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if $$|x-3|= \frac {\epsilon}{|x+3|} = \delta$$

if we take a given value of $\epsilon$, then $x$ is constrained to some value by the above equation. Is there a function, lets say $g()$, that will give that $x$ value, given $\epsilon$ as the input, so that we can compute $\delta$ as $\frac {\epsilon}{g(\epsilon) + 3}$. Or, alternatively, is there some way that, knowing the above relation, we can find $\delta$ given $\epsilon$?

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Are you tring to find $\lim_{x \rightarrow 3} f(x)$ where $f(x) = x^2$? –  user38268 Oct 13 '11 at 21:51
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This is very confusing to me. Firstly, you have here that $\delta$ is a function of x. And you have two functions of $x$ that are related by $\epsilon$, so $\epsilon$ is also a function of x. What is going on? –  mixedmath Oct 13 '11 at 21:56
    
@mixedmath I am trying to figure that out myself... –  user38268 Oct 13 '11 at 21:56
    
@Ben, yes, and I know of one way to do it, but I'm curious about this. –  Matt Munson Oct 13 '11 at 21:57
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Yeah I can, but in the first place your question above is very confusing. You may consider rephrasing it. –  user38268 Oct 13 '11 at 22:07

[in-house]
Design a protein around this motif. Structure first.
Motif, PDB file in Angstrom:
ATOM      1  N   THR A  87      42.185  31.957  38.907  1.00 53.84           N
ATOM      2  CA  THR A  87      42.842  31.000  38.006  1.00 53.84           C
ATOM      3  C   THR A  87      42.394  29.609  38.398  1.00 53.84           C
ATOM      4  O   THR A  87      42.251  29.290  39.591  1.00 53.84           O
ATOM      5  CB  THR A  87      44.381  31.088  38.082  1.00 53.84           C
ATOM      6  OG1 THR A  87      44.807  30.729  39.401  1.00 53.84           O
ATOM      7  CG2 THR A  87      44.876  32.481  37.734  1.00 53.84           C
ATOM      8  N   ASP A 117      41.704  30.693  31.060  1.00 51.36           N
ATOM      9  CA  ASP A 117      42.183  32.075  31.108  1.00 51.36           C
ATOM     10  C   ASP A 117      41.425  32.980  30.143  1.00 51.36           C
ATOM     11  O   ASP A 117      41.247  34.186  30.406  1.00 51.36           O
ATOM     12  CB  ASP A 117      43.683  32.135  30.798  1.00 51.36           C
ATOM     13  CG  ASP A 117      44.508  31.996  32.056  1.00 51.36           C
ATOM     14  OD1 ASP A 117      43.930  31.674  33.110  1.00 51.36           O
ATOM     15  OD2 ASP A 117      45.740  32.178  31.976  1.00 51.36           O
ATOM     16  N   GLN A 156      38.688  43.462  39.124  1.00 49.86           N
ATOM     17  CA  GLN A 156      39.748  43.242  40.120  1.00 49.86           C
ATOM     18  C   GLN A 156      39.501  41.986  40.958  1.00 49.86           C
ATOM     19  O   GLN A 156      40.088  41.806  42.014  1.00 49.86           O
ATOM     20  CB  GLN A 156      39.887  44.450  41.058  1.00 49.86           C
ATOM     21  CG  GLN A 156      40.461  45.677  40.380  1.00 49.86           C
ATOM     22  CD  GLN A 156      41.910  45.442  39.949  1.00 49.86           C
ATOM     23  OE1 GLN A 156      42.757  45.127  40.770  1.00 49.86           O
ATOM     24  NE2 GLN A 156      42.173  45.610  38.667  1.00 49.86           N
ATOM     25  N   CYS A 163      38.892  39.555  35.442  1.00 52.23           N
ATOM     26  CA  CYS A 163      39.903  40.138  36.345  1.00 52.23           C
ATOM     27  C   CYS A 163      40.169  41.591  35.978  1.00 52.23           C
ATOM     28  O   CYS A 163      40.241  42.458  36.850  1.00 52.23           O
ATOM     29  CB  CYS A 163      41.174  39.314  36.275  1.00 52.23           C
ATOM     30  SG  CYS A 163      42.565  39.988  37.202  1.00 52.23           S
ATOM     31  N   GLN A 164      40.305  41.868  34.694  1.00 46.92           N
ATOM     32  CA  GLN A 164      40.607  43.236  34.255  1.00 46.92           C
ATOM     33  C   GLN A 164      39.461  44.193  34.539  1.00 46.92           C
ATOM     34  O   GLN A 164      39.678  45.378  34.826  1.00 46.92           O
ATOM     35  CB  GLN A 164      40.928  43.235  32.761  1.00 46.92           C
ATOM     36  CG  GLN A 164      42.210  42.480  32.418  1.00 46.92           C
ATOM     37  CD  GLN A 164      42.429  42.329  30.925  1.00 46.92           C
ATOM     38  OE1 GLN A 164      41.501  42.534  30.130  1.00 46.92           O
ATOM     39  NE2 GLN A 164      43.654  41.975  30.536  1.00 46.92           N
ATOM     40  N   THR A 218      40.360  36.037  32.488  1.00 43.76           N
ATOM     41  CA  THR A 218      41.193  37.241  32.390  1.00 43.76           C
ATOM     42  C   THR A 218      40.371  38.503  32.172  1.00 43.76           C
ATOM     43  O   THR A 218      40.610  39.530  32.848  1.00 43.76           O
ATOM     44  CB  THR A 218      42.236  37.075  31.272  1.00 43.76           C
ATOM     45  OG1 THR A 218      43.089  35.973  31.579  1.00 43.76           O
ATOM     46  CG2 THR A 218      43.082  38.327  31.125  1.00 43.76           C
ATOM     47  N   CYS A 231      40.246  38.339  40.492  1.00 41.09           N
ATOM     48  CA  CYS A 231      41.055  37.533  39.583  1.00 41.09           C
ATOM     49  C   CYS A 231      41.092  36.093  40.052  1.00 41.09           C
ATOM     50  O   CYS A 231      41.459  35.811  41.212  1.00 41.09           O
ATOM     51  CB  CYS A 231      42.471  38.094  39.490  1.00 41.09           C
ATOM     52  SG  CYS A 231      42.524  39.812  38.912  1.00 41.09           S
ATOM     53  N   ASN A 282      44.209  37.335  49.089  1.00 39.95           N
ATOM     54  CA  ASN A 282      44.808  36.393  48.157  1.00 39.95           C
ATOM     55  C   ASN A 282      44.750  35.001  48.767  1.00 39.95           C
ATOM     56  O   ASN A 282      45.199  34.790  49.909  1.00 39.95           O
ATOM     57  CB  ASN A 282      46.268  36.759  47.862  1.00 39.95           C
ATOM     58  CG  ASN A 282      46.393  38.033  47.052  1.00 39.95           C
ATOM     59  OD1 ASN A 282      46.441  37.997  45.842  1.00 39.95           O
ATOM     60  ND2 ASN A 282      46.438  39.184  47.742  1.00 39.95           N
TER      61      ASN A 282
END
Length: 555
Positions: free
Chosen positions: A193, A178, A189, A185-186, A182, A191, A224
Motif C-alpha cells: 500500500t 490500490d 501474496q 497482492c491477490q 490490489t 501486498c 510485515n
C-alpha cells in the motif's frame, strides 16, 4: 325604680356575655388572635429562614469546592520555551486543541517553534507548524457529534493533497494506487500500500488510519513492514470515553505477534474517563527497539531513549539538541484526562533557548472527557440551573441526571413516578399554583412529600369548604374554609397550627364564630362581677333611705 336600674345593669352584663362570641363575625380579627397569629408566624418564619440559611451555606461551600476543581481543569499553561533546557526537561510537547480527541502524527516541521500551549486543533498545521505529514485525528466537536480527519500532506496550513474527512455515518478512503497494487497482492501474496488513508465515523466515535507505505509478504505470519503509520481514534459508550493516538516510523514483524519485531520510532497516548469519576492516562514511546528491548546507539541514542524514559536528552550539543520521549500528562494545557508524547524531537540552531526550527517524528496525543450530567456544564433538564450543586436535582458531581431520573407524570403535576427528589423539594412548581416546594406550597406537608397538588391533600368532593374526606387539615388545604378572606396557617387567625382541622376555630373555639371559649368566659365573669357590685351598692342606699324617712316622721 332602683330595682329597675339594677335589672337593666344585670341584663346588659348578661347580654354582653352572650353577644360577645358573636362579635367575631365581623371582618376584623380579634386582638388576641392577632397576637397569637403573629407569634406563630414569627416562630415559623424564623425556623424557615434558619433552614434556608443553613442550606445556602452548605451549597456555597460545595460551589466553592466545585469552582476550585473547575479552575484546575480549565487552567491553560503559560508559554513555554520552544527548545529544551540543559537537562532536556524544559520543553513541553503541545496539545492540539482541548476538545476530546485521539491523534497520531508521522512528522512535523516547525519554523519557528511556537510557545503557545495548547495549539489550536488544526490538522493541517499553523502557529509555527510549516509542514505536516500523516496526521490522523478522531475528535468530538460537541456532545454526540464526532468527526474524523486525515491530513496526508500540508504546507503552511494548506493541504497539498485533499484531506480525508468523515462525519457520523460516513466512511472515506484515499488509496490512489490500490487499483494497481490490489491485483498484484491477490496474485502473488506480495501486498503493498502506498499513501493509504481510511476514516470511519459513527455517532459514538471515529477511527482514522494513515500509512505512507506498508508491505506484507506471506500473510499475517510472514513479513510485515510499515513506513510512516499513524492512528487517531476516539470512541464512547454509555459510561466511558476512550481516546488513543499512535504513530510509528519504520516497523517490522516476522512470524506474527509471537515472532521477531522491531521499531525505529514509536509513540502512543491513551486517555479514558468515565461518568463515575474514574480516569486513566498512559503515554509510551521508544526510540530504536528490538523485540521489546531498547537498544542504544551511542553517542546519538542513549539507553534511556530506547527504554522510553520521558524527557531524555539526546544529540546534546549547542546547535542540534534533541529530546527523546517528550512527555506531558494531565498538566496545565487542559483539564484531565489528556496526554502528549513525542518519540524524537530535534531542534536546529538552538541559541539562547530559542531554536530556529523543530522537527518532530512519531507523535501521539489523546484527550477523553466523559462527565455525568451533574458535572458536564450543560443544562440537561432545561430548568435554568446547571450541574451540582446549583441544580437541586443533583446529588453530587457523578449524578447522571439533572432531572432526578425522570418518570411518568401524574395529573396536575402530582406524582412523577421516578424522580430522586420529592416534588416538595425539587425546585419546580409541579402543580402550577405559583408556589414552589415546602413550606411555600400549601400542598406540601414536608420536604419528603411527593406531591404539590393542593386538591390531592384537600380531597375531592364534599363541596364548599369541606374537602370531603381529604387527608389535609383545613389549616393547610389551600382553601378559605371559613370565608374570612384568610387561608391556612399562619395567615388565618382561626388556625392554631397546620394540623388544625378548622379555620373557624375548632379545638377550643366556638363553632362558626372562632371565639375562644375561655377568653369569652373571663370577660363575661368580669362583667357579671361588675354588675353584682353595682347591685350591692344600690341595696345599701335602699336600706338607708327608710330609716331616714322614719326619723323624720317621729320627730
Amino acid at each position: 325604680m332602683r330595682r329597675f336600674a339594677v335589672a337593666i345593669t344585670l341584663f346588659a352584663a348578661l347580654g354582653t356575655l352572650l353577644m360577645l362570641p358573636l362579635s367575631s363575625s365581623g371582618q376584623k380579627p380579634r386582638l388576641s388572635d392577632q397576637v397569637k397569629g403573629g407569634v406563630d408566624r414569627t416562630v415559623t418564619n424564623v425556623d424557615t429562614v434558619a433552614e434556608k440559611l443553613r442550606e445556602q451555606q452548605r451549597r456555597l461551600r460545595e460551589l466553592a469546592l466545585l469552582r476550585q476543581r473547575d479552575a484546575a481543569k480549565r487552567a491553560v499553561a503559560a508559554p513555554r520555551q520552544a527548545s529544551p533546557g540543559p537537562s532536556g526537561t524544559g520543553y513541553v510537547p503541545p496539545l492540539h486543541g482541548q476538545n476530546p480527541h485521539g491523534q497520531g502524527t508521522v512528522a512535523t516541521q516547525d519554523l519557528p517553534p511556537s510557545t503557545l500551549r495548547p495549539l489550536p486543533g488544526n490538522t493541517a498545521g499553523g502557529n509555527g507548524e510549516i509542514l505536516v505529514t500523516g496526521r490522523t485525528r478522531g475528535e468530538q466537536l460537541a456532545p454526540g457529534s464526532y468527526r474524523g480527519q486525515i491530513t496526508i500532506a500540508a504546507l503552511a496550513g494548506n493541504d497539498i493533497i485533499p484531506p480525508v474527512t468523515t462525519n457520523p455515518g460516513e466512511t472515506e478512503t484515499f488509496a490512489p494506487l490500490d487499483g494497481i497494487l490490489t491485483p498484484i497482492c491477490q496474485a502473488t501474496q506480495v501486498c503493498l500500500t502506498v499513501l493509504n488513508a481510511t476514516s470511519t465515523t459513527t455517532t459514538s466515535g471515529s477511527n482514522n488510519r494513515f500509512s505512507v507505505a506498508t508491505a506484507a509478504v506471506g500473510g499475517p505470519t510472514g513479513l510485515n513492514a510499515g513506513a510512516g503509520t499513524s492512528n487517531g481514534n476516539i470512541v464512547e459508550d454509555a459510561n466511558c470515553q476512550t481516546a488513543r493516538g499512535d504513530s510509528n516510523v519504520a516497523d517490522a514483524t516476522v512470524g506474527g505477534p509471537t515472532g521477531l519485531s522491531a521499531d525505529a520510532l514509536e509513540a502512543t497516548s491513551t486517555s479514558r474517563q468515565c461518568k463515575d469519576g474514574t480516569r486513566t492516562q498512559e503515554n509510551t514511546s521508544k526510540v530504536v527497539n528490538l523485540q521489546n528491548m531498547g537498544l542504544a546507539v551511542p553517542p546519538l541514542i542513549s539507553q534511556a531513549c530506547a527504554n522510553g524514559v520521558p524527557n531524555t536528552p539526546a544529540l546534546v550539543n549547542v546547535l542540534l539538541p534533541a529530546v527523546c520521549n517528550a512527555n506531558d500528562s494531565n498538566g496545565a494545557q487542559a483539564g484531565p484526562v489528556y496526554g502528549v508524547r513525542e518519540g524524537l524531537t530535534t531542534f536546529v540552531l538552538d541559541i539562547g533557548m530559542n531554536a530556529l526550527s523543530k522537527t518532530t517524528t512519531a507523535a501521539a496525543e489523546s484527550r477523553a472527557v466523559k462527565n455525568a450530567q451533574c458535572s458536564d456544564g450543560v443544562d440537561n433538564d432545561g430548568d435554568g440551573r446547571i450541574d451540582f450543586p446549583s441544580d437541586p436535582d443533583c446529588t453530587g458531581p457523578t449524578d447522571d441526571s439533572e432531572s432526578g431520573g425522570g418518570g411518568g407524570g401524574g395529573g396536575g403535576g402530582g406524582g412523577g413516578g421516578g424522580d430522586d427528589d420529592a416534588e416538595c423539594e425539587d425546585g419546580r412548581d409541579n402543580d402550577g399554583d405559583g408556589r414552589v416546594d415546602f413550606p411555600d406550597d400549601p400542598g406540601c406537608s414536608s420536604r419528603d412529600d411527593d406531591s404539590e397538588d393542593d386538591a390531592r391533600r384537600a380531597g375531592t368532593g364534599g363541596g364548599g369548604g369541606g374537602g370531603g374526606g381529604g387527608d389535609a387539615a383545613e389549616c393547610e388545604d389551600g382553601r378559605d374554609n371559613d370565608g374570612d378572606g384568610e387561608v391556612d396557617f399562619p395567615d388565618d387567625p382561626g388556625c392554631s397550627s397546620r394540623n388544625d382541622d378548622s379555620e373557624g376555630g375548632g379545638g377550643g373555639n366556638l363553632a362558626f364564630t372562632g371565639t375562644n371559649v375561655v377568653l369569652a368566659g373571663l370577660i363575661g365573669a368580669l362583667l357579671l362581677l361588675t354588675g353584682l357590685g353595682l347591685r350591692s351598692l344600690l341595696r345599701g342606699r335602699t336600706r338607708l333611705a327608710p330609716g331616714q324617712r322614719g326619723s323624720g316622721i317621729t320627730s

1 Answer 1

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Assume that $|x-3|\leqslant\delta$, then $|x+3|\leqslant6+\delta$ hence $|x^2-3^2|=|x+3|\cdot|x-3|\leqslant\delta(6+\delta)$. Now, $\delta(6+\delta)\leqslant\varepsilon$ for every $\delta\leqslant a(\varepsilon)$, where $a(t)=\sqrt{9+t}-3$ for every nonnegative $t$. This proves the following assertion: $$ \forall\varepsilon>0,\quad\forall x\in\mathbb R,\quad|x-3|\leqslant a(\varepsilon)\implies |x^2-3^2|\leqslant\varepsilon. $$

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Very nice. If I understand correctly, you actually show two ways to prove $\lim_ {x\rightarrow 3}$ of $x^2 = 9$. You can either set $\delta$ relative to $\epsilon$ using $\delta = \sqrt(9+\epsilon) - 3$ or you can set $\epsilon$ relative to $\delta$ using $\epsilon = \delta(6+ \delta)$. –  Matt Munson Oct 14 '11 at 0:52
    
Hmmm... not really. What you call the second way has anything to do with continuity only because $\delta(6+\delta)\to0$ when $\delta\to0$--a fact which is quantified by the function $\delta\mapsto a(\delta)$ in what you call the first way. Hence, in the end there is only one proof of the continuity, which starts by fixing $\varepsilon$ and looks for $\delta$ such that what you know holds. –  Did Oct 14 '11 at 5:14
    
Is it not true that $|x^2 - 3^2| < \epsilon$ as long as $\epsilon = \delta(6+\delta)$? Ie, $|(\delta+3)-3| * |(\delta+3)+3| - \delta(6+\delta) = 0$ as long as $\delta$ is non-negative. And isn't that sufficient to prove the limit, because we can see that we can make $\epsilon$ as small as we want by making $\delta$ sufficiently small? –  Matt Munson Oct 14 '11 at 22:13
    
Matt, the whole point (once again) is to prove that we can make $\varepsilon$ as small as we want by making $\delta$ sufficiently small. How do you know this is true? Highbrow answer: because the function $u:\delta\mapsto\delta(6+\delta)$ is $0$ and continuous at $\delta=0$. Back-to-the-definitions answer: because for every $\delta$ in $[0,a(\varepsilon)]$, $u(\delta)\leqslant\varepsilon$. Both answers have their merits but I suspect that the latter is more adapted to what you know and what you ask. –  Did Oct 15 '11 at 4:03

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